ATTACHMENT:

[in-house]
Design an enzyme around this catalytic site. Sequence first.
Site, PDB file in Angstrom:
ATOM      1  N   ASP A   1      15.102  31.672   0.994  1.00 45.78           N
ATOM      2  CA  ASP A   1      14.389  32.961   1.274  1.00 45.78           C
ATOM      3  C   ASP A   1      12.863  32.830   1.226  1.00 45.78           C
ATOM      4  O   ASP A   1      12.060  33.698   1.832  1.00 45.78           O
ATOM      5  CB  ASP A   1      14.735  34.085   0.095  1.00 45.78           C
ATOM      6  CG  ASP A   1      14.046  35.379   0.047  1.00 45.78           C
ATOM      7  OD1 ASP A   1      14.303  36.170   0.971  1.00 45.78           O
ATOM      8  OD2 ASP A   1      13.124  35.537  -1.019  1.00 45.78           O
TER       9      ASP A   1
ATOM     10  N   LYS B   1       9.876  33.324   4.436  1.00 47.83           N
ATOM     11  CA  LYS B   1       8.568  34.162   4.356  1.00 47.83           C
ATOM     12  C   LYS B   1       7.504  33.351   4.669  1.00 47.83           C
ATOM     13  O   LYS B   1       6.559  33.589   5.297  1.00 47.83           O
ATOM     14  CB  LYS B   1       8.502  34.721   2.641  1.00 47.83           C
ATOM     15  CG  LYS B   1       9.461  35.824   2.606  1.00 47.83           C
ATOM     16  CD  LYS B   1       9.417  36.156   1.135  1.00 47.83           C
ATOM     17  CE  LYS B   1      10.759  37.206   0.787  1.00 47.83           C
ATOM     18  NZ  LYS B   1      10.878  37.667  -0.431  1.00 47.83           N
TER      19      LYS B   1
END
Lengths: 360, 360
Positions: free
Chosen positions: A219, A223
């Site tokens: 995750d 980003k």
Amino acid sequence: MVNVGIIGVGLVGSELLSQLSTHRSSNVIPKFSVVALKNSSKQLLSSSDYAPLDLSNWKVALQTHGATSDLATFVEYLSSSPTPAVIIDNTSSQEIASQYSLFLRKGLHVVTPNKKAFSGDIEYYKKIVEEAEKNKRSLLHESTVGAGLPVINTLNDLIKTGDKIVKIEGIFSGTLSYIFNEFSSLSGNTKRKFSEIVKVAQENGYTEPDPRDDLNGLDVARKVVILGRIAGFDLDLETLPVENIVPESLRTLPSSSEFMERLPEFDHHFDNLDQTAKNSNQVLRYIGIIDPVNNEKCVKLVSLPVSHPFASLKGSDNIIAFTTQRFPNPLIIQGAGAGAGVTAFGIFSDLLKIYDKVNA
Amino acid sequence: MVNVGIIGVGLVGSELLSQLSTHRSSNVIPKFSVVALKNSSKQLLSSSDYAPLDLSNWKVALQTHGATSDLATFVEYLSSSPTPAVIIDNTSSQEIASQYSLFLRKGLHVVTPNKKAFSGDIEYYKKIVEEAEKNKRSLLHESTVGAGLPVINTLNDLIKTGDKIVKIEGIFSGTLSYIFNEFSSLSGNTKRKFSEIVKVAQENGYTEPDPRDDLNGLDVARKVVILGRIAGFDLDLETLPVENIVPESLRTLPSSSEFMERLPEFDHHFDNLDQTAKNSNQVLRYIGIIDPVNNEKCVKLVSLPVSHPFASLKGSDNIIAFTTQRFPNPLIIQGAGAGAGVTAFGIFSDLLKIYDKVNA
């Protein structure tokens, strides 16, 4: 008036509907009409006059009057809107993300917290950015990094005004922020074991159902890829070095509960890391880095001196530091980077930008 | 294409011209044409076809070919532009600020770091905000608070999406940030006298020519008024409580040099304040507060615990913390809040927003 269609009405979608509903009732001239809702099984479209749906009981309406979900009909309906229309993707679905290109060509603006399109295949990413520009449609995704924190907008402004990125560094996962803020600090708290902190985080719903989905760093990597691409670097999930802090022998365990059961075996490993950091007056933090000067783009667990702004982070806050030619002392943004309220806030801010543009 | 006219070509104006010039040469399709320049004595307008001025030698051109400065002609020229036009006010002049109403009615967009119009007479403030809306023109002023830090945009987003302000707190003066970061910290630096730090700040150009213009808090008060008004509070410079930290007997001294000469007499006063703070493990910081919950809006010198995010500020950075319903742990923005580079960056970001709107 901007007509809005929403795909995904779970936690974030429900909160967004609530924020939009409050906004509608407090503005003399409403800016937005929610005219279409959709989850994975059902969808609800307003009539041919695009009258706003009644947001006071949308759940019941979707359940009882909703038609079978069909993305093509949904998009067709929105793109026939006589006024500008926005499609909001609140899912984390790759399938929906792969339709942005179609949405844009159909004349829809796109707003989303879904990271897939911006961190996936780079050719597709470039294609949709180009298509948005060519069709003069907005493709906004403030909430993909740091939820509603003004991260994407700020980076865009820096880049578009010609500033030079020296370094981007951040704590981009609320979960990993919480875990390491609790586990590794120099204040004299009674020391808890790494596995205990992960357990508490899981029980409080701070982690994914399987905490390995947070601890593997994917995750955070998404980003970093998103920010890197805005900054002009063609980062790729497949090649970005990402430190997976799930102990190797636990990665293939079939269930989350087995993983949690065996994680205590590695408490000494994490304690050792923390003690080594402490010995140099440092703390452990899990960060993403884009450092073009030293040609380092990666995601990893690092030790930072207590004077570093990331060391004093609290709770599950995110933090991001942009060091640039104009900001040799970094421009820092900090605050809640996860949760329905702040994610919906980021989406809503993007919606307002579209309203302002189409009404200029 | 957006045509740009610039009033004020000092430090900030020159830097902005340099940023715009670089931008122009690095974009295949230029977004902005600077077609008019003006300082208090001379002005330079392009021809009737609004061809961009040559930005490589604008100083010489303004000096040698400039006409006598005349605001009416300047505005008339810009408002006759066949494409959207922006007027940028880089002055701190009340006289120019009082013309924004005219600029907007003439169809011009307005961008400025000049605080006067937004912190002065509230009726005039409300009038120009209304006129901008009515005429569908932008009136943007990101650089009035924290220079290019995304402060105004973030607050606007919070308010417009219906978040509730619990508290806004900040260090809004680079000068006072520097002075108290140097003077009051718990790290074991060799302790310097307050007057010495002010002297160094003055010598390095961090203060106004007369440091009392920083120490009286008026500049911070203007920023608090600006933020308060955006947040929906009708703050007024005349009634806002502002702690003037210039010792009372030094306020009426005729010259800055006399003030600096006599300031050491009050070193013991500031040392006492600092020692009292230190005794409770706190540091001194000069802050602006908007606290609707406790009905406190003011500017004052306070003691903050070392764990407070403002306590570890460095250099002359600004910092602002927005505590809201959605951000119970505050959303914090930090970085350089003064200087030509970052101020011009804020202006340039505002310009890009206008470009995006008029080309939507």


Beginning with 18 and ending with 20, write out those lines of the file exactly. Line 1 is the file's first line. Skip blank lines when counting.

ATOM     15  CG  LYS B   1       9.461  35.824   2.606  1.00 47.83           C
ATOM     16  CD  LYS B   1       9.417  36.156   1.135  1.00 47.83           C
ATOM     17  CE  LYS B   1      10.759  37.206   0.787  1.00 47.83           C